Faith is not unreasonable, but it still requires you to believe in something beyond sense perception, beyond the realm of science. In all those cases you mentioned, you have no conclusive evidence, which isn't actually the goal of science, but you also have no direct empirical evidence, at least not until you can build a machine to observe the future. The nature of faith is that it requires belief in something that cannot be conclusively proven or disproven by any empirical methods. I honestly can't imagine that I could ever point to any fact, person, or event in the physical world and convince you that God didn't exist. The nature of your faith is such that, ultimately, you believe. It may be reasonable, but reason isn't the criteria for faith- it wouldn't be faith if anything in the physical world could convince you to abandon it. That's not stupid by any means, but it's a distinctly different sort of knowledge than scientific knowledge.

By contrast, science requires us to accept all empirical evidence about the physical world as disprovable. I have to accept that, however unlikely it may be, the sun might not rise tomorrow. I have to believe that there could someday be a black swan. I even have to believe that someday Newton could be proved wrong. Otherwise, my beliefs become purely faith-based and not scientific.

Moreover, science can only deal with those phenomena that I can directly observe. This is why, incidentally, much of quantum theory is theoretical. It cannot yet be tested. It is also why, ultimately, I don't think science is at all qualified to deal with matters of theology. This sort of attitude that people like Richard Dawkins have of: "Well, you must be stupid to believe in God. I know better- after all, I have an electron microscope!" is not only arrogant- it's a dogmatic faith.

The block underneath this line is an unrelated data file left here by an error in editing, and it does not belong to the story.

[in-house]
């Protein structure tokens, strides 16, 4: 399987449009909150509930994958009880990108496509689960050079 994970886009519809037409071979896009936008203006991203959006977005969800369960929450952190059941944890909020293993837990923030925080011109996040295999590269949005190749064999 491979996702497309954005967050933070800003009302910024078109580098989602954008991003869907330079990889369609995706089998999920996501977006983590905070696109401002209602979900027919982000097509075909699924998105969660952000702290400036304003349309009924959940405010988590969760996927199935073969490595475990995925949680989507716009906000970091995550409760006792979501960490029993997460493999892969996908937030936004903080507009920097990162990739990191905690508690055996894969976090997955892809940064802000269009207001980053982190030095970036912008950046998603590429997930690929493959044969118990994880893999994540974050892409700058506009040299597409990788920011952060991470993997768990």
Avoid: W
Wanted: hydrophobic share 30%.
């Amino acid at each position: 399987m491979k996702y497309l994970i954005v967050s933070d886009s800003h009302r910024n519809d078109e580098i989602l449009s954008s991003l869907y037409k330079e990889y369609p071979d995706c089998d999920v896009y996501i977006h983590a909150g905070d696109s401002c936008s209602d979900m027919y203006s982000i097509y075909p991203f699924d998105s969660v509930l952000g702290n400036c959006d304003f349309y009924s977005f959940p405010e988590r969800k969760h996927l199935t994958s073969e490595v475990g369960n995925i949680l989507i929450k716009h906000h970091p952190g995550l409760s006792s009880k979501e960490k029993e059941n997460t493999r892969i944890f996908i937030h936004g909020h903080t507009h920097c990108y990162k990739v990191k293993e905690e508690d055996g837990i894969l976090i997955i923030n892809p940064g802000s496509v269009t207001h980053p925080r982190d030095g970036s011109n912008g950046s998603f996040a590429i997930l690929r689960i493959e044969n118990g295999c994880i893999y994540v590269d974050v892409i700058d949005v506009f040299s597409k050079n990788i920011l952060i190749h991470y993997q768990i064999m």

But, I don't think theology can answer questions in the lab either.

There are a few reasons that I don't consider ID to be a real science:
1) It has to go beyond direct empirical evidence and into the realm of pure speculation to come to its conlusions.
2) It seemingly relies on no actual experiments. There is no way of demonstrating in a laboratory to a group of athiests that God is creating ______ as observable through, say, an electron microscope.
3) I would argue that, as the theory stands now, it cannot possibly be disproved. That might sound good, but that's the nature of faith, and not science.

Lee: I am curious to know more about what you believe about God when you say, “I actually believe in the existence of God.”

I believe that the universe is intelligent, benevolent, and that it wants us to interact with it.

Lee: How would you describe the scientific process? At what point would a scientist being a theist invalidate the legitimacy of that process?

Well, it wouldn't out of hand. The scientist just couldn't bring the unknowable in to fill the gaps in her science. Look, the scientist can offer great amount of evidence in a lab to argue that an oak tree is ideally suited to its environment. And, in her personal life, she can believe that God made the tree that way. However, she cannot show, in any empirical way, God creating the tree. She cannot observe God directly or through instruments. She cannot build a computer that can give a reading of God's presence. She cannot demonstrate God's presence to a non-believer in any direct empirical way.

I've said this is good for those who have faith because proving God's existence in the lab would make belief a matter of sense-perception and salvation would be as meaningless as me looking at my cat and acknowledging that she exists. However, it's also good for the theist who does science because it acknowledges that science and religion both offer very plausible explanations of the world that are not really mutually-exclusive, but which essentially occupy different spheres of perception. That's why I think they should also occupy different classrooms.

Hmmm... not totally succinct, and I mentioned the cat a bit much. But, still very interesting points you raised. Thanks for being so willing to discuss these things and bringing up such good ideas.